When it comes to taking a bank loan, what are the first few questions that pop up in your head? For most new buyers, you probably don’t know what to ask. With experts from Dollarback Mortgage, we’re here to highlight what you need to note:
1. Look for the cheapest home loan
What is there to look for? Look for the banks with the lowest interest rates.
An information search is a key first step. There are many different home loan packages available at different banks. It often comes down to getting the best of these options.
We recommend looking at a whole bunch of banks and comparing their rates against one another. You can always start this process with a simple web search. Take that phone out of your pocket and start your search. It’s that simple.
Should you have your hands full with work or with baby duties at home, you could always consider engaging a mortgage broker for free. These brokers are specialists who give advice to property buyers like yourself and assist in comparing home loan products from many different banks.
Remember, different home loans have different interest rates. Do some digging and research prior to committing to a home loan package.
2. Check the interest rates that follows the “teaser rates”
For Singapore Interbank Offered Rate (SIBOR) home loans, it’s common for interest rates to be low during the first three years.
However, the interest rate can jump significantly in the fourth year and beyond. As you will probably be paying your home loan over the next few decades, it’s the long-term rates that matter.
Some bankers may tell you this is no problem, as you can always refinance your loan—in other words, switch from one loan package to another. But you must remember there’s no guarantee you’ll find a better deal four years from now.
As such, always focus on the interest rate in the fourth year and beyond.
3. Be wary of the risks that come with a Board Rate Loan
There is one thing you should know. Accepting a Board Rate loan would mean that the bank has entire control over the interest rates. Some banks may be eager to point out their interest rates are much lower than the market rates, or that their rates have not changed for a long time.
However, accepting a Board Rate loan is risky. It means your bank can increase your interest rate at any time without the need to provide any justification whatsoever. Perhaps, you might want to think twice.
4. Choosing between a Singapore Interbank Offered Rate (SIBOR) loan or a Fixed Deposit Home Rate (FHR) loan
Essentially, FHR loans are tied to the bank’s fixed deposit rates while SIBOR loans are not. For the bank to raise your interest rate, they would need to pay out more in their fixed deposits. As such, banks are disinclined to raise interest rates.
SIBOR loans are determined by the median rate at which banks are lending to one another. Usually only derived after a comparison between at least 12 banks. SIBOR rates are solely monitored by the Monetary Authority of Singapore (MAS) which leaves banks with no control over them.
FHR loans are generally a safer option for property buyers as they are less volatile compared to SIBOR loans. The fluctuating rates in SIBOR loans can pose a risk to those who need predictability in their loan rates. Alternatively, you can choose to get help from a mortgage consultant for better understanding and decision making.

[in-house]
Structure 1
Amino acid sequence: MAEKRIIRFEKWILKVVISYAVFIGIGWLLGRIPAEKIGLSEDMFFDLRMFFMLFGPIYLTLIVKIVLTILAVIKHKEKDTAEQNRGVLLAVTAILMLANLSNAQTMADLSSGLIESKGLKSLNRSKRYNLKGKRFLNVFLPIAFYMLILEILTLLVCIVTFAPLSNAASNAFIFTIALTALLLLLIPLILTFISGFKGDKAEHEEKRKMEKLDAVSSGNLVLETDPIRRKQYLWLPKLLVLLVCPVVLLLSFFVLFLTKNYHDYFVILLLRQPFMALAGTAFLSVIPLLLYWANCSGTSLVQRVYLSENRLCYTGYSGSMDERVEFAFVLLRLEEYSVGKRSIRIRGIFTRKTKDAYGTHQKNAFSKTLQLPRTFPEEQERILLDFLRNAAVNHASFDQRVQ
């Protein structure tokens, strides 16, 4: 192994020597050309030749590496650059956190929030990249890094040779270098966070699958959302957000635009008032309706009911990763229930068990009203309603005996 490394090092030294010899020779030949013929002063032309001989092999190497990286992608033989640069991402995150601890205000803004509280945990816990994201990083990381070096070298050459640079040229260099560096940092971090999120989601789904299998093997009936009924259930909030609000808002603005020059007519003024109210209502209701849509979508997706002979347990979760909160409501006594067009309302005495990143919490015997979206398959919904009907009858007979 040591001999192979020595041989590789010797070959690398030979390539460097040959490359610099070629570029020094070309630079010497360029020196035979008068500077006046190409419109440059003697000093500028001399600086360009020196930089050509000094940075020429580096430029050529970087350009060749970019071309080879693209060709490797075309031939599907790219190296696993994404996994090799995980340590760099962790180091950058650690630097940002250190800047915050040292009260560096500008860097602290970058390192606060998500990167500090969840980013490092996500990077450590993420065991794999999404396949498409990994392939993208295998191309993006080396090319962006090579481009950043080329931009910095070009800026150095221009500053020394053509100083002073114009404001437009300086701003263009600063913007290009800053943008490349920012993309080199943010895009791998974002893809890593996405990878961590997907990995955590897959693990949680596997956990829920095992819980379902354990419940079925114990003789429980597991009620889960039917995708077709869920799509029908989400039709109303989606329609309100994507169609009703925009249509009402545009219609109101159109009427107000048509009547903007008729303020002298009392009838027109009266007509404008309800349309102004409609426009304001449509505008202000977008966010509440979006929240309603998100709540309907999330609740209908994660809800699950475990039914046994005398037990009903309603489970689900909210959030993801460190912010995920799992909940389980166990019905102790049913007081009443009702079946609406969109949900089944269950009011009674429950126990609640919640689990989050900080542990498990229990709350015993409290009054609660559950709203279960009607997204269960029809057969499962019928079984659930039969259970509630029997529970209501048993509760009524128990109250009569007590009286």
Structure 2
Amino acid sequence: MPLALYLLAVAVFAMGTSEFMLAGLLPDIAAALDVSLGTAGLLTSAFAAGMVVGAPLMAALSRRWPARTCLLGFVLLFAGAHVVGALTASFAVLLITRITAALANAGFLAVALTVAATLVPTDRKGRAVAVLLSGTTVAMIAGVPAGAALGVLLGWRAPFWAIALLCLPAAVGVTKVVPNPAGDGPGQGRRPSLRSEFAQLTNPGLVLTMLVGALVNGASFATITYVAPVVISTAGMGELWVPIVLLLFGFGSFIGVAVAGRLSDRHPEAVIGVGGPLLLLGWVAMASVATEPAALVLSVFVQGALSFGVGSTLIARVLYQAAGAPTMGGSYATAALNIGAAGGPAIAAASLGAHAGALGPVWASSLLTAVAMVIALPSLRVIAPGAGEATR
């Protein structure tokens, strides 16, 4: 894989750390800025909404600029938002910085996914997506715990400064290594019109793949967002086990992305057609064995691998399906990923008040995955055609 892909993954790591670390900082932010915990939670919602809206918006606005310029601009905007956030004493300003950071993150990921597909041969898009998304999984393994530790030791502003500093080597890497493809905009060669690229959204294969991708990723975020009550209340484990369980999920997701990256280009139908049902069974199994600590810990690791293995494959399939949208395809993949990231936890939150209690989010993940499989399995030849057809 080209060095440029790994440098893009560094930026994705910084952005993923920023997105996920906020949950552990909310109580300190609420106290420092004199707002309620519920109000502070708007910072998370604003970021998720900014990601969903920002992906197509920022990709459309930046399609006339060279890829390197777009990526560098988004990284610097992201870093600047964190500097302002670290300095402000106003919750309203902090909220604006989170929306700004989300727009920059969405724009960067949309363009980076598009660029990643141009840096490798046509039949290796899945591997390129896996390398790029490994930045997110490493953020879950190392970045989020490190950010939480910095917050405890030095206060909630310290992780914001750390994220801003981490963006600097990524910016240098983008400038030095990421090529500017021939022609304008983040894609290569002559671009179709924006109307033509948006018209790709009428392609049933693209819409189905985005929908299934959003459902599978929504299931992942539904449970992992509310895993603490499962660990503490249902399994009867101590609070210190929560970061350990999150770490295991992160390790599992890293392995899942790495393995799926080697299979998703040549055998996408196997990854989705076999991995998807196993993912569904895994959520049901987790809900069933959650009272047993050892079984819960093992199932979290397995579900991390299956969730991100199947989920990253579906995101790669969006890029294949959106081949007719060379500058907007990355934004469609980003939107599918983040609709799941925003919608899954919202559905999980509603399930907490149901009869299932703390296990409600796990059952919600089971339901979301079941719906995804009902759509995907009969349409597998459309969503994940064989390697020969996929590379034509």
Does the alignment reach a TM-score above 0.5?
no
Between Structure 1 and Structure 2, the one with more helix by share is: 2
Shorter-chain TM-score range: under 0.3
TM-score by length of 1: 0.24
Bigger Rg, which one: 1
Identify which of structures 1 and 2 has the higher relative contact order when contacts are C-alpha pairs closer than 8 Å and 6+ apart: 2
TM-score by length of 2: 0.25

5. Check for a lock-in period
A lock-in period imposes a penalty if you try to refinance (switch loan packages) within the lock-in period. The lock-in penalty is usually 1.5 percent of the undisbursed loan amount, and it’s almost never worth paying.
Lock-in periods often last from three to five years. While housing loans with lock-in periods may be a bit cheaper, you have to consider the risk. You won’t have the flexibility to switch to a cheaper loan package if interest rates fall during the lock-in period.
6. Check if you meet the Total Debt Servicing Ratio (TDSR)
Your monthly home loan repayment, in addition to all your other monthly debts—for example, personal and car loans—cannot exceed 60 percent of your monthly income. This is due to the TDSR framework introduced by MAS.
Following the TDSR framework, if you earn $7,000 per month, your total debt repayments cannot exceed $4,200 per month. If you have a variable income source, such as sales commissions, your monthly income will be taken as 30 percent lower for the purpose of TDSR calculations.
Note that, for variable repayment loans such as credit cards, the minimum monthly repayment is used to determine your TDSR.
Breaking the TDSR does not mean you cannot get a home loan—it means you have to borrow a lower amount or take a longer loan term. For example, you can make a bigger downpayment to reduce your monthly repayment, or you might have to extend your loan tenure.
7. Looking for the best property valuation
A higher property valuation allows you to borrow more from the bank. This is because the maximum you can borrow is up to 75 percent of the property price or value, whichever is lower.
If the bank’s valuation is much lower than the seller’s asking price, accepting their home loan may mean a heftier cash outlay. Engaging a home loan mortgage broker to assist you in finding the best valuation.
This article was originally published on DollarBack Mortgage, which shows you the top five home loans across 145 mortgage packages in Singapore.
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